…….On the Canary island La Palma there are above all in the municipality of Garafía numerous petroglyphs. From a group of artificially arranged stones, >El Calvario<, one rock engraving (photo N° 2) struck me. Above the motive shone the deep blue sea, but, if we turned around, we could see to the right of the white cemetery and in some distance a remarkable mountain which apparently had two peaks (photo N° 1). After several years, when we knew for certain how to decipher some other carvings, we gave the information to suitable people and then we returned to examine this region more closely.
Photo N° 2 The sketch of the rock engraving in a topographic map and a photo of the real carving on the rock.
According to the biggest engraving the Montaña de Fernando Porto has a plain, wide and almost circular surface at the southwestern “peak” (photo N ° 3), while its northeastern part is narrow and long, so that nowadays there is just enough room for a road (photo N° 4).
Photo N° 3: View from the higher top of the Montaña de Fernando Porto at its round and lower half.Photo N° 4: The nearly oval and raised part of the mountain.
Photo N° 4: The nearly oval and raised part of the mountain.
Photo N° 5: View from the Montaña de Fernando Porto in direction straight up.Photo N° 6: The inconspicuous Montaña de Las Indias.
In photo N° 5 we look from Montaña de Fernando Porto up the slope, where the pyramidal contour of the Montaña Cruzada dominates, which has, however, to the east an elongaled, oval base. From the Montaña de Las Indias, which is nearly circular, one just can make out the small peak (red mark), but only if one knows where to look!
Further up we reach Llano Negro. From this plain the small mountain can hardly be seen, either, because it almost disappears in the trees (photo N° 6). When we are finally standing at the summit of the Montaña de Las Indias, it seems to be artificially flattened. On its round and red surface, ancient people could have lit fires to transmit news to people on the Montaña de Fernando Porto and on the edge of the Caledera de Taburiente (photo N° 7).
Photo N° 6: The inconspicuous Montaña de Las Indias.
Photo N° 7: The pulled down or leveled summit of the Montaña de Las Indias.
In photo N° 8 the right arrow points to the Barranco de La Luz.
Beneath the middle arrow, we can see the high mountain zone with the highest peak of the island, the Roque de los Muchachos. These visible slopes of the so-called cumbre, belong to the large pastures which were used by all the shepherds during the summer in a communal manner. The arrow on the left points to Lomo Mataburras.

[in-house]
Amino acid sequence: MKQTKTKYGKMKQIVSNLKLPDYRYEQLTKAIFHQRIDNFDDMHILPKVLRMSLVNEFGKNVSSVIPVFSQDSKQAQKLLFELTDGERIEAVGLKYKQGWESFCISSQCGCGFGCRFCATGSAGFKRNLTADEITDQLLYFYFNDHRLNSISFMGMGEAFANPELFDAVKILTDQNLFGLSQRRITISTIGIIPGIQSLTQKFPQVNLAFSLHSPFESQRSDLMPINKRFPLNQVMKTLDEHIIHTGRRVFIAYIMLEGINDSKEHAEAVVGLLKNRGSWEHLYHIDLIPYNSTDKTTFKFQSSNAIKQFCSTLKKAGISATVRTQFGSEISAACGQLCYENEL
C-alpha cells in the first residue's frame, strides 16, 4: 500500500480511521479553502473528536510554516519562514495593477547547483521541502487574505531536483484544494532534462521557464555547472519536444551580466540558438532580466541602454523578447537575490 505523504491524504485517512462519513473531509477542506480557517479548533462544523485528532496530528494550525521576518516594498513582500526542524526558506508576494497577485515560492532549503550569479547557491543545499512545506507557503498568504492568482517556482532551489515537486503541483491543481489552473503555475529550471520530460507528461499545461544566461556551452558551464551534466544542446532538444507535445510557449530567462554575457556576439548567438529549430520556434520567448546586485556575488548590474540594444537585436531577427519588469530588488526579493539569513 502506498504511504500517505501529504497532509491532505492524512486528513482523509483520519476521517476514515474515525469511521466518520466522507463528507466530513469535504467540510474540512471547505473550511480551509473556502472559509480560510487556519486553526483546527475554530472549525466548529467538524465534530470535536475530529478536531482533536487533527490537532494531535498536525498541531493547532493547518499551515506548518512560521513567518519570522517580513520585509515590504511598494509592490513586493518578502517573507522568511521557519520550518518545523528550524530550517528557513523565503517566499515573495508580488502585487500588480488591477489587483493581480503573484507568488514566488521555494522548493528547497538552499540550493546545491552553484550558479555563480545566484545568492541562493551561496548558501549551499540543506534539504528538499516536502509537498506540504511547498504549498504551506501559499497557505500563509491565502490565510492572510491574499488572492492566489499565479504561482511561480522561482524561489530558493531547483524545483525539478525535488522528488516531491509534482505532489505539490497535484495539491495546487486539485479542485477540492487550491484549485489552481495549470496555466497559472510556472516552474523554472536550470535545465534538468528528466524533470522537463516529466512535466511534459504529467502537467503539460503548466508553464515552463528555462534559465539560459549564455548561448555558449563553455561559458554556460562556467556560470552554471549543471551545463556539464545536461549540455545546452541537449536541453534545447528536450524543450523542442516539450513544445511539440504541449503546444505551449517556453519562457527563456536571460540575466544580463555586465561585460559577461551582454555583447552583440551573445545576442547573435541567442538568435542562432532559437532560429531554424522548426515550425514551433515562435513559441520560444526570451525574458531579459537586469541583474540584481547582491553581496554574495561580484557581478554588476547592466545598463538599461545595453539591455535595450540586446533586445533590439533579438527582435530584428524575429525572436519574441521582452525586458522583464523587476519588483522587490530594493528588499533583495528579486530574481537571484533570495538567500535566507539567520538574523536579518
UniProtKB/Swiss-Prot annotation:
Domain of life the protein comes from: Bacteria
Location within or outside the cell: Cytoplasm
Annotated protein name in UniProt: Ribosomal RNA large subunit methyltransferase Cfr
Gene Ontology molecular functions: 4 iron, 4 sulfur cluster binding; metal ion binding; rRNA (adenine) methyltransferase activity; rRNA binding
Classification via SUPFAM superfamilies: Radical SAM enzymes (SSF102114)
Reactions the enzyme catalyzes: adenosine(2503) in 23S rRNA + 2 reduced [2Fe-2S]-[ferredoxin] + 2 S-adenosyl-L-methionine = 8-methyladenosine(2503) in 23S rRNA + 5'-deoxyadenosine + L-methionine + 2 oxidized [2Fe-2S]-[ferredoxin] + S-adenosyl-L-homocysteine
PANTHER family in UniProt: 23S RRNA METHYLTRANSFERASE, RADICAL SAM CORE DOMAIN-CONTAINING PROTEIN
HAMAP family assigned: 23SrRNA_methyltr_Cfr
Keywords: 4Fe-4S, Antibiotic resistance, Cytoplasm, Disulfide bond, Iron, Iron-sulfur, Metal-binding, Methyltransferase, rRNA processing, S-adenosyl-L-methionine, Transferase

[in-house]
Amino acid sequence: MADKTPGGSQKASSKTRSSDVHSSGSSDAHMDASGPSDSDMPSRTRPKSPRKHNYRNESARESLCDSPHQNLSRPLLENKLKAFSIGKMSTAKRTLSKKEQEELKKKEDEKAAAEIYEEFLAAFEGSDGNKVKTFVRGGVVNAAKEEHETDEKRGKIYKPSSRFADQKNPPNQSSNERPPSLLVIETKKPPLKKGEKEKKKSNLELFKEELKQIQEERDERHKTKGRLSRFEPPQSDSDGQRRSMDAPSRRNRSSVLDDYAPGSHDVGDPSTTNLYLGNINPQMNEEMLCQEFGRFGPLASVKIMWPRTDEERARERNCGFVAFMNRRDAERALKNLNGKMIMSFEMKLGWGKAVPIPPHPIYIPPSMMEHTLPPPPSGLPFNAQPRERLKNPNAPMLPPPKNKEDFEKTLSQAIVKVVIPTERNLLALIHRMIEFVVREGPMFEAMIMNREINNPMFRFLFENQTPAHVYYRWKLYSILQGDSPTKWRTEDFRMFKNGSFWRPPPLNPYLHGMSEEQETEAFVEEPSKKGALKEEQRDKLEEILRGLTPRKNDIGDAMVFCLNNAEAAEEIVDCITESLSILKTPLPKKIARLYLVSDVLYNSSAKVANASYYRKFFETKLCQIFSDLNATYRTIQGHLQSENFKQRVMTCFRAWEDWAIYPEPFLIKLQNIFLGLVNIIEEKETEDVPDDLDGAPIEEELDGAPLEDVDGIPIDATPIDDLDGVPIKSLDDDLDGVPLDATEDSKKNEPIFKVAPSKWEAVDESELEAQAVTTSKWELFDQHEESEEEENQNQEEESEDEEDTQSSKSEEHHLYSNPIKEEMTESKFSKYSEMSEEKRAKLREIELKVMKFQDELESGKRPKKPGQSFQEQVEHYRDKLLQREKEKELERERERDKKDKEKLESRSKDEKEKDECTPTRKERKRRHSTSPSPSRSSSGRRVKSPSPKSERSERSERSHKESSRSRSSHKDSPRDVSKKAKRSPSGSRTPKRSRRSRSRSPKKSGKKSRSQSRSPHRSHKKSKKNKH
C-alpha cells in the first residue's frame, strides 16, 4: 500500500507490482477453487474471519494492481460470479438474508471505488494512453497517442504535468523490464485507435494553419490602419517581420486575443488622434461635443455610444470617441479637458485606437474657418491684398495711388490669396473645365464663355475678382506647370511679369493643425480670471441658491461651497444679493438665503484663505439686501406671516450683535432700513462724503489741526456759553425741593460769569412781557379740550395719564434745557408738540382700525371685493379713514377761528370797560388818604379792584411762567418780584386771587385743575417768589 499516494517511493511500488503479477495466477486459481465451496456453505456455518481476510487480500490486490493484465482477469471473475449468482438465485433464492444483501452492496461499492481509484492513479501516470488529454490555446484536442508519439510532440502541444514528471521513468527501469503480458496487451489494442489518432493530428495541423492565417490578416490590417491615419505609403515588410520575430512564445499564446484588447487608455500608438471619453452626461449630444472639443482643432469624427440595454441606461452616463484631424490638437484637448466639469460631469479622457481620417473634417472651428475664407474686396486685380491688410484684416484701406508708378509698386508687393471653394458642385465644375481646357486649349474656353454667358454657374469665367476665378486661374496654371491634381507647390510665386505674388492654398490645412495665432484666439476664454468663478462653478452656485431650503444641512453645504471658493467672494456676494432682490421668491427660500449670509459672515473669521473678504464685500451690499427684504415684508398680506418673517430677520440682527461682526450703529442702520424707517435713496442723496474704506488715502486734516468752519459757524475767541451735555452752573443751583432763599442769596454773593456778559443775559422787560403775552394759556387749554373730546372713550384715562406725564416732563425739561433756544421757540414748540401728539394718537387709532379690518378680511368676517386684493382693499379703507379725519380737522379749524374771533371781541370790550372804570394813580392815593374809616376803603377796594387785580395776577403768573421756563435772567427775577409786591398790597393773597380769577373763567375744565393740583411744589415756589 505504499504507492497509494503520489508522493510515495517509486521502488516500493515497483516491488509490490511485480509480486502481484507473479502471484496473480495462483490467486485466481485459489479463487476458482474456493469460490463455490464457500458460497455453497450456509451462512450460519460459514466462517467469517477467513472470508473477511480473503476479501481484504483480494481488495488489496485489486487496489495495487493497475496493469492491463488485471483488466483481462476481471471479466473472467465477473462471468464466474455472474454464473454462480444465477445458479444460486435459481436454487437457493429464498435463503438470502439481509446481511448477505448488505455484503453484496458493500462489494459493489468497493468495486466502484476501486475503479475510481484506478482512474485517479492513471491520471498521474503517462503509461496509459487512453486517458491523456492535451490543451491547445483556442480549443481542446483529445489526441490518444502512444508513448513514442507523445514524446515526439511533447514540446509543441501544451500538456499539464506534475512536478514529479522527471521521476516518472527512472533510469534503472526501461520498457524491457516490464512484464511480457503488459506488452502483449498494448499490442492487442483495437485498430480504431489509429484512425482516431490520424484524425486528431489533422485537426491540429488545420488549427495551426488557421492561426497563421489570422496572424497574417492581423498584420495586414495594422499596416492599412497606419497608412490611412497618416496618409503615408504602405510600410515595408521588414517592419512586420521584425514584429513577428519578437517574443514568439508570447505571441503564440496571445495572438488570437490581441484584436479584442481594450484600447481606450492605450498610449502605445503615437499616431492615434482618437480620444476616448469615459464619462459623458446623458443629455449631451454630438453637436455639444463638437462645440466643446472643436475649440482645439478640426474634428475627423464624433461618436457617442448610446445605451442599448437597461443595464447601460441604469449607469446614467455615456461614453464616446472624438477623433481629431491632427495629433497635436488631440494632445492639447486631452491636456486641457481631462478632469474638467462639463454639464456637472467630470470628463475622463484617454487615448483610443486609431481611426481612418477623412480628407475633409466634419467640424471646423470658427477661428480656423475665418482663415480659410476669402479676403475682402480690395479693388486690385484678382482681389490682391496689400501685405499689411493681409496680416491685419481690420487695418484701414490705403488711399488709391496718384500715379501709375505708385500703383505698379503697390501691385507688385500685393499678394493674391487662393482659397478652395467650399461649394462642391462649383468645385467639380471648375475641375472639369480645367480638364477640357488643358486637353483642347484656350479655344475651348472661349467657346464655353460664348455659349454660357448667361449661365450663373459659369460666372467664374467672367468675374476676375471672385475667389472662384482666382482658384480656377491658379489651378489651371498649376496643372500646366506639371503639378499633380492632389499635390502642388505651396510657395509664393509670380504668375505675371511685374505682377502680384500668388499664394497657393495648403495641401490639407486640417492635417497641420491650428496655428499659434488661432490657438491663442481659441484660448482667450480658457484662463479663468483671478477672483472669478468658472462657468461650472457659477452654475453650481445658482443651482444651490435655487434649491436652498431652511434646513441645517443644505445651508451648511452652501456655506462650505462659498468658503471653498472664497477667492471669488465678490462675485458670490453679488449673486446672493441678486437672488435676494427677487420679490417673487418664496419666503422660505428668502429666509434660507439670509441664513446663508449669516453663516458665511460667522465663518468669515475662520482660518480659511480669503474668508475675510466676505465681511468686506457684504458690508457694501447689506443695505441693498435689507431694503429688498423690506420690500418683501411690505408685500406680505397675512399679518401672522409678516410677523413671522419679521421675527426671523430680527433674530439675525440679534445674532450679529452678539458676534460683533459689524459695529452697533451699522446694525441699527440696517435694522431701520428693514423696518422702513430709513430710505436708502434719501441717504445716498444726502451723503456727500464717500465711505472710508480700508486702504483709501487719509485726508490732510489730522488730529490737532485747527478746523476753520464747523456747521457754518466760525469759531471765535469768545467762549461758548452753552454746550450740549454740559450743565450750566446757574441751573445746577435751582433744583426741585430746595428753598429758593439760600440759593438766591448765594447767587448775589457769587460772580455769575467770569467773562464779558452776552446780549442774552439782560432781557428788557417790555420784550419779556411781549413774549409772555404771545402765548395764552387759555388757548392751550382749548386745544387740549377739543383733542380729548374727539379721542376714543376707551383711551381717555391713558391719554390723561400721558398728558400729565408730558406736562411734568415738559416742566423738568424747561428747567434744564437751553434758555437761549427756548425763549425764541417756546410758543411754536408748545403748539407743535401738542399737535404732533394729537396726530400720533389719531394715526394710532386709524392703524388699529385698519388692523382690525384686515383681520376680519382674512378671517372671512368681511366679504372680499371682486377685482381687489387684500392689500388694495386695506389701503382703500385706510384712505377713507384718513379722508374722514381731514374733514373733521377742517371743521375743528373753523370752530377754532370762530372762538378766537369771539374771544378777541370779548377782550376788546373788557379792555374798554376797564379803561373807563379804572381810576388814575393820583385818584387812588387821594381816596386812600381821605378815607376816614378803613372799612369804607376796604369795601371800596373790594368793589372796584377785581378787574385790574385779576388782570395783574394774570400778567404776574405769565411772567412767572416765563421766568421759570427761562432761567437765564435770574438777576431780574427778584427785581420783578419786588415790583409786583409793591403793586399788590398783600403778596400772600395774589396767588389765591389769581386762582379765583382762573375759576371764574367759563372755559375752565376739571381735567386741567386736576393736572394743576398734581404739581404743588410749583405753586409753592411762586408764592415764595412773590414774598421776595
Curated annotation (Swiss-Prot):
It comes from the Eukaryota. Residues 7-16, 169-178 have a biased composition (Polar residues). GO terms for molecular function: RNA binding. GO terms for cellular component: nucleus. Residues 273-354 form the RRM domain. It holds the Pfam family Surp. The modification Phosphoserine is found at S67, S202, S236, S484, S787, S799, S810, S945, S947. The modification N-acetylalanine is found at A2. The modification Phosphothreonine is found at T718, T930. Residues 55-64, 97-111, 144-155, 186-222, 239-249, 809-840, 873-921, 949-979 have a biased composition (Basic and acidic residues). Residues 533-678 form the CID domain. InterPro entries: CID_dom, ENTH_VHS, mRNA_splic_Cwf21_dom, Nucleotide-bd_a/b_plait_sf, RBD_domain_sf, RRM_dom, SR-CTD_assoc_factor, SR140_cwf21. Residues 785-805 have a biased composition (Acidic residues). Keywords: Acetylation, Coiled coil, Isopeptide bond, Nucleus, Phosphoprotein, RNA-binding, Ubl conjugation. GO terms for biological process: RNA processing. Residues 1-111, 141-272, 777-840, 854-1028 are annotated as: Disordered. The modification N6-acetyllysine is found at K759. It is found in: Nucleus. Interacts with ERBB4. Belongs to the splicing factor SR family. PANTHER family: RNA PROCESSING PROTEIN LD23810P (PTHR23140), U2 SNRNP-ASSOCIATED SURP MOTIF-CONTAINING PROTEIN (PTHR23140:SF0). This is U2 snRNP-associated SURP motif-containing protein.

Photo N° 8: View from the Montaña de Las Indias in the direction of the cumbre.
Photo N° 9 with a view from the top of the Montaña de Las Indias shows the minute, barely visible double peak of the Montaña de Fernando Porto (photo N° 10, red marked area). This depicts the farthest possible distance from which one could send a beacon from the cumbre to the coastal area – by means of two fireplaces!
Photo N° 9: View from the Montaña de Las Indias in the direction to the sea; on the right sight is the long Montaña Cruzada.
Photo N° 10: The higher, back side of the double top of the Montaña de Fernando Porto.Photo N° 9: View from the Montaña de Las Indias in the direction to the sea; on the right sight is the long Montaña Cruzada.
……If we follow the footpath, which branches off on the right just behind the Montaña de Las Indias, it runs down into a barranco, through which even today a shepherdess leads her goats. As soon as this path reaches the bottom of the valley, due to the density of the shrubs, we can hardly make out the modern spring at the foot of a rock slope (photo N ° 11; with exposed detail).
The meadows below the Fuente de Oropesa are very humid in wintertime.
Could it be, that there is still a hidden and undiscovered engraving beneath the thicket of pine needles and plants?
Photo N° 11: The Fuente de Oropesa, below three pines and a lot of bushes.
…….In the Barranco de Jerónimo, the Fuente del Colmenero has quite a different character. As water flows all year and with bigger quantity. It was already known to the natives because we can find engravings which they had made in the rocks (Photo N° 12).
Photo N° 12: The Fuente del Colmenero, which is sheltered by stone walls and a wood roof. Engraved symbols of a spiral which runs out into a kind of meander can be seen on the rocks above the spring.
…….However, what is the real connection between the carving on the stone of >El Calvario< and the afore-mentioned mountains and springs? Possibly the petroglyphs show the main settlement and travelling area of some families who lived in the surroundings of the Barranco de Fernando Porto.